The Pinnacle of Handbag Collecting
For decades, the Hermès Birkin bag has been considered the pinnacle of handbag collecting; the ultimate iconic design to last a lifetime. Did you know that throughout the 1990’s and early 2000’s, the Kelly bag was universally considered less popular than the Birkin? It’s true, for decades, Kelly bags were readily available in Hermes boutiques, but the popularity they’ve experienced in recent years has brought this style on par with the Birkin. Style isn’t the only aspect that goes into a bag’s value, though. Here, we’ve broken down the top five aspects that determine a Hermès bag’s value. To keep things simple, we’ve assembled auction results for regular leather Birkin and Kelly bags (that means no HSS or limited editions) over the past nine years. The chart below shows the change in Birkin and Kelly bag’s average auction value year by year. It’s worth noting that a bag’s condition will affect its value the most, but condition can be subjective and is not easily quantified and ranked for this purpose. The average auction prices we’re using here are meant to reflect a midway point between pristine and gently used examples.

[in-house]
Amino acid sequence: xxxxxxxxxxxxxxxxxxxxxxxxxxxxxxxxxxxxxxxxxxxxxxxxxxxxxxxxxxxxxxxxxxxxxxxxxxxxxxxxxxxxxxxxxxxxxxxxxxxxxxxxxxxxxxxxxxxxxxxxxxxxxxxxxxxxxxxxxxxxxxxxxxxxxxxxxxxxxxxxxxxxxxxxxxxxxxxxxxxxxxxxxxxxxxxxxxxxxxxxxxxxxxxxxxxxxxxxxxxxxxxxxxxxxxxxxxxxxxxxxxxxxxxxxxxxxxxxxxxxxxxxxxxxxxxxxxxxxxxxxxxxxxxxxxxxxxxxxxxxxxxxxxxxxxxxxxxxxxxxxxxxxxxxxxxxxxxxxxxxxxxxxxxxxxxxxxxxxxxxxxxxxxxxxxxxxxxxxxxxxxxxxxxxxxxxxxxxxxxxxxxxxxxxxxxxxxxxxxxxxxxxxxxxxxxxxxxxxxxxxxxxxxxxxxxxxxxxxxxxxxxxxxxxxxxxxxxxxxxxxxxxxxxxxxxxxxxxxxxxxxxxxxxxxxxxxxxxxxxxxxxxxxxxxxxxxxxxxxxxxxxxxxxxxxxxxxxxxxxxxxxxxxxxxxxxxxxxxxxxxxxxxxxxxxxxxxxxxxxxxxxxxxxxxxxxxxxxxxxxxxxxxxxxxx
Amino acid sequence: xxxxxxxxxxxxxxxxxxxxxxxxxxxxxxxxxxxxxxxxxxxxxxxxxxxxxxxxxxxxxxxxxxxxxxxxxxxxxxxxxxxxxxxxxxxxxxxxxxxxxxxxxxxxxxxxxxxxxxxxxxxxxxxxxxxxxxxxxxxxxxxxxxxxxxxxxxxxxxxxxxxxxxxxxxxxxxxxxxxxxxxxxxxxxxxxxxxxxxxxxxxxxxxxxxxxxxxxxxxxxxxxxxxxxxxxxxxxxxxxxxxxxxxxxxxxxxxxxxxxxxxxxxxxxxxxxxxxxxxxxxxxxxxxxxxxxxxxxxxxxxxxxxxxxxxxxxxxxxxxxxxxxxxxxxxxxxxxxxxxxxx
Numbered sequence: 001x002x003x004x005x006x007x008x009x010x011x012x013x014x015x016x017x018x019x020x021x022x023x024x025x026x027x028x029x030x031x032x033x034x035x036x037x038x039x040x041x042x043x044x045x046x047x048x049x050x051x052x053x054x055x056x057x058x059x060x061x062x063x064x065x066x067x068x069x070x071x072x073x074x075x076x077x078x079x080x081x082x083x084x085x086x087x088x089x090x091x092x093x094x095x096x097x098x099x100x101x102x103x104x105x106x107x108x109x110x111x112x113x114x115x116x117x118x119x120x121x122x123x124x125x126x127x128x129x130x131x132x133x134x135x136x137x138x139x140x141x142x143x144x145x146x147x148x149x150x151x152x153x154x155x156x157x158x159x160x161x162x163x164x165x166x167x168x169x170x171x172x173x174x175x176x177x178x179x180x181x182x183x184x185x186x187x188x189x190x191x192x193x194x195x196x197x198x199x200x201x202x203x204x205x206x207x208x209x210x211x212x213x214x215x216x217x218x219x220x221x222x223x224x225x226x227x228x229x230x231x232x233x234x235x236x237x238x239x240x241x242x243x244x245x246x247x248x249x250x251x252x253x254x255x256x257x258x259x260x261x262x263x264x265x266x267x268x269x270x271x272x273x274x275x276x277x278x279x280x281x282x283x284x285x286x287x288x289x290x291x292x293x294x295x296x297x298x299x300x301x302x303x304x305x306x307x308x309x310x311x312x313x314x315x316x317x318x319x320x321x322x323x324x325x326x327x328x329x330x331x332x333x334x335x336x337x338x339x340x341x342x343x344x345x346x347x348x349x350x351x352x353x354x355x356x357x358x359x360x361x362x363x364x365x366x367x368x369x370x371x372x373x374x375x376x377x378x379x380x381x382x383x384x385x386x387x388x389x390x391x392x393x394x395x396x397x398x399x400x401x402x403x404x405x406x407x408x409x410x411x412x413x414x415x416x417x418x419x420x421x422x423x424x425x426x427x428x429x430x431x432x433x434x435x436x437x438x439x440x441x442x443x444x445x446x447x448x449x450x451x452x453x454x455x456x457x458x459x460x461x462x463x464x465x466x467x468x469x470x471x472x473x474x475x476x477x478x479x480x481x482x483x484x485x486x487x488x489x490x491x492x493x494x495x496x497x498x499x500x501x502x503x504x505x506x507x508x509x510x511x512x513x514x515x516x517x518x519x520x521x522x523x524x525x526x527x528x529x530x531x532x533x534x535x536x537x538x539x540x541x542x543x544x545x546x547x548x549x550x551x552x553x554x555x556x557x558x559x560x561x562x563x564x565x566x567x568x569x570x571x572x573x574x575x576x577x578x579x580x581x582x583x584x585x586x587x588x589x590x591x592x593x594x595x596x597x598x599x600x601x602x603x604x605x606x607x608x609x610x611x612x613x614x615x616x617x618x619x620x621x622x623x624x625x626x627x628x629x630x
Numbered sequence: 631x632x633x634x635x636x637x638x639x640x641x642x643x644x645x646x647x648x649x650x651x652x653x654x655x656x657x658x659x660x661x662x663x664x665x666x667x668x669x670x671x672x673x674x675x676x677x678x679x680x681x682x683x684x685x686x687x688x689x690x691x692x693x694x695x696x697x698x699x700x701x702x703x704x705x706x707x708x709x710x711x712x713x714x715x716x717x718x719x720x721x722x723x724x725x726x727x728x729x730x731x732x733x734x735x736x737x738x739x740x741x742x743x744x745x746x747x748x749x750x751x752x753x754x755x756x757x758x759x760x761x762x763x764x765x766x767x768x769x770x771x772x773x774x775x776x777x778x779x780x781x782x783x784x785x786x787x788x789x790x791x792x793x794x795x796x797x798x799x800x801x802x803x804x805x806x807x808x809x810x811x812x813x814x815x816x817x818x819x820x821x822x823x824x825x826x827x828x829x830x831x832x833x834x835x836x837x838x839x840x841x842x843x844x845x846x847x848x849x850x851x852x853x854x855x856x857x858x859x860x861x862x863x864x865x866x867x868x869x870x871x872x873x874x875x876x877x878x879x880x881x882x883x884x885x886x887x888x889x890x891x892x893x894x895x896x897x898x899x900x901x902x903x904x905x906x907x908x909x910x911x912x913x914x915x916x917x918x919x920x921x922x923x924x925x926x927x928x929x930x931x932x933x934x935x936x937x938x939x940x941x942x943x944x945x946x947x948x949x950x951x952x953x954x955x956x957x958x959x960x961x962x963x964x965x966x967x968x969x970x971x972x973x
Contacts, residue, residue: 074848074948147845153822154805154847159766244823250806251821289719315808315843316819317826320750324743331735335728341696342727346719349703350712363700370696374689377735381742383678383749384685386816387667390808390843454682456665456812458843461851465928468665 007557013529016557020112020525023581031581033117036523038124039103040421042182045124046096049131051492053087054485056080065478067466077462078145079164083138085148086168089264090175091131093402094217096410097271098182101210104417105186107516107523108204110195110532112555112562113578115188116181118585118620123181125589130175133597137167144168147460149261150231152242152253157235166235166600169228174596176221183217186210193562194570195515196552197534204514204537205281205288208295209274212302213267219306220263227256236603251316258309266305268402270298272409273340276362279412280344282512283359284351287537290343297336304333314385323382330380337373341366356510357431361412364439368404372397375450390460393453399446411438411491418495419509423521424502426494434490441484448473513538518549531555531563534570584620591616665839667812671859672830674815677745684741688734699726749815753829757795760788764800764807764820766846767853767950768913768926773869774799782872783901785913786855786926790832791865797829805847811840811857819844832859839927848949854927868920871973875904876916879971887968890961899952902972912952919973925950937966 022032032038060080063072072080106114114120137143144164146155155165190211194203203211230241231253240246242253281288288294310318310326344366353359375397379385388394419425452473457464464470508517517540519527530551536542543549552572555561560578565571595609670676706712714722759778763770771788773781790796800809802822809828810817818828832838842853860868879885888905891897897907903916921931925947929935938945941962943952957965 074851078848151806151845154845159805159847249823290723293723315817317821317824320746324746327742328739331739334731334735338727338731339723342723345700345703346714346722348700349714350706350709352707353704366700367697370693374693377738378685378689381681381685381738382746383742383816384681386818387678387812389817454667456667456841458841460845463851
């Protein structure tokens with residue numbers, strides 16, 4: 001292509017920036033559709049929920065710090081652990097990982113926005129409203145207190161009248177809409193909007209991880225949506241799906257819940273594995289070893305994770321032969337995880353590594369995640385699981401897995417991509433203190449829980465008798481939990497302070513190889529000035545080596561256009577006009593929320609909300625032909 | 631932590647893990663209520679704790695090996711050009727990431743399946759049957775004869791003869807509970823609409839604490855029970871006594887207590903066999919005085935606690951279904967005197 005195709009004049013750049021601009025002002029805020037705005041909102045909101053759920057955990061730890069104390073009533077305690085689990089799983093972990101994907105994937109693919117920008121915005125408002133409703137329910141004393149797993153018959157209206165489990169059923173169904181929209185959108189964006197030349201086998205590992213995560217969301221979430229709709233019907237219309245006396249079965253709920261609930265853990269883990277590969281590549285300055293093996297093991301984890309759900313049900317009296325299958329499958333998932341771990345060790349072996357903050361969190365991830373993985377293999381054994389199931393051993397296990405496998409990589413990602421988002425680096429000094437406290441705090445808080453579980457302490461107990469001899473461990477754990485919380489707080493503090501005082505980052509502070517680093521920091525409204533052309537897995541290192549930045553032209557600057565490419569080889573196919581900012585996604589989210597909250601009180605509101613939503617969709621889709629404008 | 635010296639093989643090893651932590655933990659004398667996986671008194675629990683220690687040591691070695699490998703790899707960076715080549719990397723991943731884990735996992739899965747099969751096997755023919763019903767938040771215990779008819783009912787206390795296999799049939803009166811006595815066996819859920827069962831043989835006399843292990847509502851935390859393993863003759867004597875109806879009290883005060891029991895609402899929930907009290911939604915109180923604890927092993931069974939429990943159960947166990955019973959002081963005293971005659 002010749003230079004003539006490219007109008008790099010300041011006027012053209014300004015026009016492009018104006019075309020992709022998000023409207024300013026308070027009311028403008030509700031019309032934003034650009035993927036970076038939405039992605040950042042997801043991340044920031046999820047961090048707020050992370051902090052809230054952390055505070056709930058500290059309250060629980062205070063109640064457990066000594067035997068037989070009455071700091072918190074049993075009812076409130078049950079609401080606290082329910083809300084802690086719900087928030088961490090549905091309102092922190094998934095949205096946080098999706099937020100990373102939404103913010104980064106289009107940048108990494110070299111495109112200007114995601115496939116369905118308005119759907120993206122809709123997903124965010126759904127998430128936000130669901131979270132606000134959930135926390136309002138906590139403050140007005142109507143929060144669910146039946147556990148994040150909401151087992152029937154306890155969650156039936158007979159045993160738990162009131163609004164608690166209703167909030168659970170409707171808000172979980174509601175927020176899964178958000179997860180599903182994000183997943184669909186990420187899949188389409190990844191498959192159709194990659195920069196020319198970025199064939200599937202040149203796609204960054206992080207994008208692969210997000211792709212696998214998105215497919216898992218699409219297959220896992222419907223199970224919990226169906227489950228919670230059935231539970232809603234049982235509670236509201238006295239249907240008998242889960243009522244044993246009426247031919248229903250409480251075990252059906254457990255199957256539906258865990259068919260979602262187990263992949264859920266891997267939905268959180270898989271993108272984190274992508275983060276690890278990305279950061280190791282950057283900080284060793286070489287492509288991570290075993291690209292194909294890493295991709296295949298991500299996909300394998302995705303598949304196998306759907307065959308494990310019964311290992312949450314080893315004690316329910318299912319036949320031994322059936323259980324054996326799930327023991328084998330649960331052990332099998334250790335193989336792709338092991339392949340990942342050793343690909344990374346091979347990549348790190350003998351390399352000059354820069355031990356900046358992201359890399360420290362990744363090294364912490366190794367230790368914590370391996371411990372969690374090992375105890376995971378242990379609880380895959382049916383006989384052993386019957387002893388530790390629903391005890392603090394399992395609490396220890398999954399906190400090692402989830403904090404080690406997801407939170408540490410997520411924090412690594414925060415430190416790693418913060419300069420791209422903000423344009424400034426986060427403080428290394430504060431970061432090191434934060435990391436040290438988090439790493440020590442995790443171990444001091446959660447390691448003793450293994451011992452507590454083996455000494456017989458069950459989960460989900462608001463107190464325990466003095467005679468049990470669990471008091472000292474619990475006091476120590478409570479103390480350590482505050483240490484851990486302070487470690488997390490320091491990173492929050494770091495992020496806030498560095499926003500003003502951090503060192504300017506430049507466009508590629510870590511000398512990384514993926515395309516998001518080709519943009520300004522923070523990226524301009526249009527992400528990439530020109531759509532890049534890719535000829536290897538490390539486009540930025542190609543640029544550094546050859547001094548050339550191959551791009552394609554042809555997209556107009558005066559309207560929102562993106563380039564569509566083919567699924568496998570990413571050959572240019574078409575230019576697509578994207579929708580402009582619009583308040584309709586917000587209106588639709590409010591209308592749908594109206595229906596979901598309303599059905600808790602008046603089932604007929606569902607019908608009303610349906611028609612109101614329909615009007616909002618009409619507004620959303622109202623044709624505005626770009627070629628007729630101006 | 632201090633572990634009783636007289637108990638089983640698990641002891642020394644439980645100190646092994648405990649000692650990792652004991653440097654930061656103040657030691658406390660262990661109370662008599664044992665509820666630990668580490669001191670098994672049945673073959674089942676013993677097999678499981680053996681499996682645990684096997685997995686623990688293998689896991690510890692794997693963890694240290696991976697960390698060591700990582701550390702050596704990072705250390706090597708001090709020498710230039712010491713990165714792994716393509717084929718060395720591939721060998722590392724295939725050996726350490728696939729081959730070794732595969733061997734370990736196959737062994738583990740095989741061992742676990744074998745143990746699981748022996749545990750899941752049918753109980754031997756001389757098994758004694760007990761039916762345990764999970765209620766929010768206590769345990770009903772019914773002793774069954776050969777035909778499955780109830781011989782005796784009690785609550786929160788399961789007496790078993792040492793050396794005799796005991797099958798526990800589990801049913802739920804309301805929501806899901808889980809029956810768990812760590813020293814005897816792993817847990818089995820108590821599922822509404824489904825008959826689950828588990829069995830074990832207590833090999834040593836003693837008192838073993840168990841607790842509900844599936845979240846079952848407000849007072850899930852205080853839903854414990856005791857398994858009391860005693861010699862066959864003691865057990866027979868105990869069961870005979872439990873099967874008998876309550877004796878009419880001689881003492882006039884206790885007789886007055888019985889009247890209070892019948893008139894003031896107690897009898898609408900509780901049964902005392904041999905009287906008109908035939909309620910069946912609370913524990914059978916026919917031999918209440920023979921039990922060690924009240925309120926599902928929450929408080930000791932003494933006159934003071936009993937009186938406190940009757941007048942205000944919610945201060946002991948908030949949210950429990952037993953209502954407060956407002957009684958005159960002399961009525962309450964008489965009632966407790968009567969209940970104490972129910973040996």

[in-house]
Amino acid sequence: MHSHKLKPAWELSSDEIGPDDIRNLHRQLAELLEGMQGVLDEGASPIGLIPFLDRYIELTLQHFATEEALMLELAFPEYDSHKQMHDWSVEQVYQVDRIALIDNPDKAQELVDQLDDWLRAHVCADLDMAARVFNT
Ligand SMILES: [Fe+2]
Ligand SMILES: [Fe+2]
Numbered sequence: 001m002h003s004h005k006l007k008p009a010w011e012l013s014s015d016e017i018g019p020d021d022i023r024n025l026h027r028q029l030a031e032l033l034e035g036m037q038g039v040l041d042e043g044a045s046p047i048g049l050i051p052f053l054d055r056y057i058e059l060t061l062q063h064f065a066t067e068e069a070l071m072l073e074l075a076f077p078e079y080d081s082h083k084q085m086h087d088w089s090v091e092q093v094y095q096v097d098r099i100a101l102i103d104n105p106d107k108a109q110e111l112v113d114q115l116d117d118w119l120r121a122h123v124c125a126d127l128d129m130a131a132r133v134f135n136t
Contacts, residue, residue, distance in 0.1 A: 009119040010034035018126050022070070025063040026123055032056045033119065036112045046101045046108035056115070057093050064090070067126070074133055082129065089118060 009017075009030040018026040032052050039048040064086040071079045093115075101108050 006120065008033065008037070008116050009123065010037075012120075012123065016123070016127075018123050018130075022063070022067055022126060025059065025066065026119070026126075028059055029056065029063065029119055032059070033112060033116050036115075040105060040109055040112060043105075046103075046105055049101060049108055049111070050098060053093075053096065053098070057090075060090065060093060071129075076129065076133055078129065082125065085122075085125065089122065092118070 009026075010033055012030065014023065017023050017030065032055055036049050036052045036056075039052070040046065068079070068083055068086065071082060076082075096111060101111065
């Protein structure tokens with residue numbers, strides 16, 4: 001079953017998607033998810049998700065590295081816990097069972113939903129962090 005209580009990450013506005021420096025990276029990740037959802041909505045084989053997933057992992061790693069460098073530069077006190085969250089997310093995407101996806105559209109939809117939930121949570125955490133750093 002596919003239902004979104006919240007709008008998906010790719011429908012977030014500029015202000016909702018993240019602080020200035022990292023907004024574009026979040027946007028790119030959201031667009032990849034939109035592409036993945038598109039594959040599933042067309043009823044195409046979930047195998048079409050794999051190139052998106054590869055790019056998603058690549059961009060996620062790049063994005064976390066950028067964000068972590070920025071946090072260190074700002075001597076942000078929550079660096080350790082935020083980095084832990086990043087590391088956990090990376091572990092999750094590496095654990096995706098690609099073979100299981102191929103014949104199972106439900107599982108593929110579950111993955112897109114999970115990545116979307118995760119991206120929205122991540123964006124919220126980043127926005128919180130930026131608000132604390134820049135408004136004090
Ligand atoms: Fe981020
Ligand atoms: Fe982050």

1. Retourne versus Sellier
As noted above, Birkin bag and Kelly bags have not always been considered equal, and their average auction values continue to change each year. While Birkin bags were undoubtedly more valuable than Kellys prior to 2015, the two-handled bag has since slipped below the Sellier Kelly model. The biggest factor is the record-breaking prices set each season for the new mini Kelly 20 (a bag exclusively produced in Sellier construction). The Sellier Birkin, on the other hand, which has had a presence on the auction market only since 2018, overtakes all other styles, with average prices that continued to climb throughout the 2021 auction season. While Sellier Birkins are produced in all sizes, they are most commonly found as 25s or 30s. Since the Sellier Birkin was first introduced in 2010 as a limited edition and then reintroduced in 2020, there are far fewer available at auction versus the traditional Birkin and Kelly styles. Over the next 5-10 years, the price premium for Birkin Selliers could settle in closer to the other models based on increased availability in the market.
2. Smaller is Better
The size of a bag has a major effect on its value. As we saw in the style section, the popularity of the 20cm mini-Kelly II has effectively buoyed the value of Sellier Kellys. And when parsed out, the 20cm size ranks above all others in terms of average auction value. Currently, 25cm bags hold second place with 28cm and 30cm bags dancing around each other for third. 32cm and 35cm bags have also traded places for the last few years, yet show a slower increase in value than smaller sizes. Unexpectedly, 40cm bags are making a comeback, with average values topping those for 32cm and 35cm styles in 2021.
3. Leather Matters